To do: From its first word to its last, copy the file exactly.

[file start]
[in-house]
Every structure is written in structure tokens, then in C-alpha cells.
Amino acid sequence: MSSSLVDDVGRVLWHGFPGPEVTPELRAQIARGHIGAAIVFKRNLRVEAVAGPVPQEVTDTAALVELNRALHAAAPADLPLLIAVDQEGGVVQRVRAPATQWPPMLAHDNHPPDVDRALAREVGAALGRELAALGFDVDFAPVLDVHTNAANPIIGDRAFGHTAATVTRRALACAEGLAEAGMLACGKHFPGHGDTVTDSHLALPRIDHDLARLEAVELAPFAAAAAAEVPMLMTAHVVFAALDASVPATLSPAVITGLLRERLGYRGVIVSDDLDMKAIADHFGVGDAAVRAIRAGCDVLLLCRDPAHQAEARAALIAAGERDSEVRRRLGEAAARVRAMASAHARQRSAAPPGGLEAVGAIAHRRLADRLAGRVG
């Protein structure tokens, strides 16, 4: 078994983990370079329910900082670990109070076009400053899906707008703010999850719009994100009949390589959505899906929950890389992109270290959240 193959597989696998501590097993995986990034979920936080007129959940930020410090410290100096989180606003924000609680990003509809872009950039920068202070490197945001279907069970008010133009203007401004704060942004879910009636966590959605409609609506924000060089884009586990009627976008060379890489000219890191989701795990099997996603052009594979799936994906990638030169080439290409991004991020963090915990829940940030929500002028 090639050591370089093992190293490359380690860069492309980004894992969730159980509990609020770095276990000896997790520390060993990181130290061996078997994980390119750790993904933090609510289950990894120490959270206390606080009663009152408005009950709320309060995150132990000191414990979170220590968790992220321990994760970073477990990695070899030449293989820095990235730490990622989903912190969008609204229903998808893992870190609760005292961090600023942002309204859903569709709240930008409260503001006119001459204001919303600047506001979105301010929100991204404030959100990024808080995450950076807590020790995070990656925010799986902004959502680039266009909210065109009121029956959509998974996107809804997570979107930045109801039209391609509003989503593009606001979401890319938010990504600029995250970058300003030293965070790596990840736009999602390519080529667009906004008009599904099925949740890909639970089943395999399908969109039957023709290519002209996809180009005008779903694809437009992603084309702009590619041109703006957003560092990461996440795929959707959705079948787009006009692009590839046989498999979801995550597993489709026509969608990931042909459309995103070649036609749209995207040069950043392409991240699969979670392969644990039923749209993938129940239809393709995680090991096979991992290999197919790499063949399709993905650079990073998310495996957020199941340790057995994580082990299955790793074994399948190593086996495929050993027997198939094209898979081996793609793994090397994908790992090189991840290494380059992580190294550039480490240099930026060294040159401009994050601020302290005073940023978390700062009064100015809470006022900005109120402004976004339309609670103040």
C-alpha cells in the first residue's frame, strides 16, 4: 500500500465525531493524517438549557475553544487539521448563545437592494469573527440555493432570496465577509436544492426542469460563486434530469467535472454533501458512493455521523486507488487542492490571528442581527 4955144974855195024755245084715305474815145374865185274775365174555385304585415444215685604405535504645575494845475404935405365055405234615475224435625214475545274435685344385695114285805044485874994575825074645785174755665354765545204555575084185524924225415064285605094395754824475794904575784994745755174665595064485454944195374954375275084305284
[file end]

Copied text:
[in-house]
Every structure is written in structure tokens, then in C-alpha cells.
Amino acid sequence: MSSSLVDDVGRVLWHGFPGPEVTPELRAQIARGHIGAAIVFKRNLRVEAVAGPVPQEVTDTAALVELNRALHAAAPADLPLLIAVDQEGGVVQRVRAPATQWPPMLAHDNHPPDVDRALAREVGAALGRELAALGFDVDFAPVLDVHTNAANPIIGDRAFGHTAATVTRRALACAEGLAEAGMLACGKHFPGHGDTVTDSHLALPRIDHDLARLEAVELAPFAAAAAAEVPMLMTAHVVFAALDASVPATLSPAVITGLLRERLGYRGVIVSDDLDMKAIADHFGVGDAAVRAIRAGCDVLLLCRDPAHQAEARAALIAAGERDSEVRRRLGEAAARVRAMASAHARQRSAAPPGGLEAVGAIAHRRLADRLAGRVG
């Protein structure tokens, strides 16, 4: 078994983990370079329910900082670990109070076009400053899906707008703010999850719009994100009949390589959505899906929950890389992109270290959240 193959597989696998501590097993995986990034979920936080007129959940930020410090410290100096989180606003924000609680990003509809872009950039920068202070490197945001279907069970008010133009203007401004704060942004879910009636966590959605409609609506924000060089884009586990009627976008060379890489000219890191989701795990099997996603052009594979799936994906990638030169080439290409991004991020963090915990829940940030929500002028 090639050591370089093992190293490359380690860069492309980004894992969730159980509990609020770095276990000896997790520390060993990181130290061996078997994980390119750790993904933090609510289950990894120490959270206390606080009663009152408005009950709320309060995150132990000191414990979170220590968790992220321990994760970073477990990695070899030449293989820095990235730490990622989903912190969008609204229903998808893992870190609760005292961090600023942002309204859903569709709240930008409260503001006119001459204001919303600047506001979105301010929100991204404030959100990024808080995450950076807590020790995070990656925010799986902004959502680039266009909210065109009121029956959509998974996107809804997570979107930045109801039209391609509003989503593009606001979401890319938010990504600029995250970058300003030293965070790596990840736009999602390519080529667009906004008009599904099925949740890909639970089943395999399908969109039957023709290519002209996809180009005008779903694809437009992603084309702009590619041109703006957003560092990461996440795929959707959705079948787009006009692009590839046989498999979801995550597993489709026509969608990931042909459309995103070649036609749209995207040069950043392409991240699969979670392969644990039923749209993938129940239809393709995680090991096979991992290999197919790499063949399709993905650079990073998310495996957020199941340790057995994580082990299955790793074994399948190593086996495929050993027997198939094209898979081996793609793994090397994908790992090189991840290494380059992580190294550039480490240099930026060294040159401009994050601020302290005073940023978390700062009064100015809470006022900005109120402004976004339309609670103040």
C-alpha cells in the first residue's frame, strides 16, 4: 500500500465525531493524517438549557475553544487539521448563545437592494469573527440555493432570496465577509436544492426542469460563486434530469467535472454533501458512493455521523486507488487542492490571528442581527 4955144974855195024755245084715305474815145374865185274775365174555385304585415444215685604405535504645575494845475404935405365055405234615475224435625214475545274435685344385695114285805044485874994575825074645785174755665354765545204555575084185524924225415064285605094395754824475794904575784994745755174665595064485454944195374954375275084305284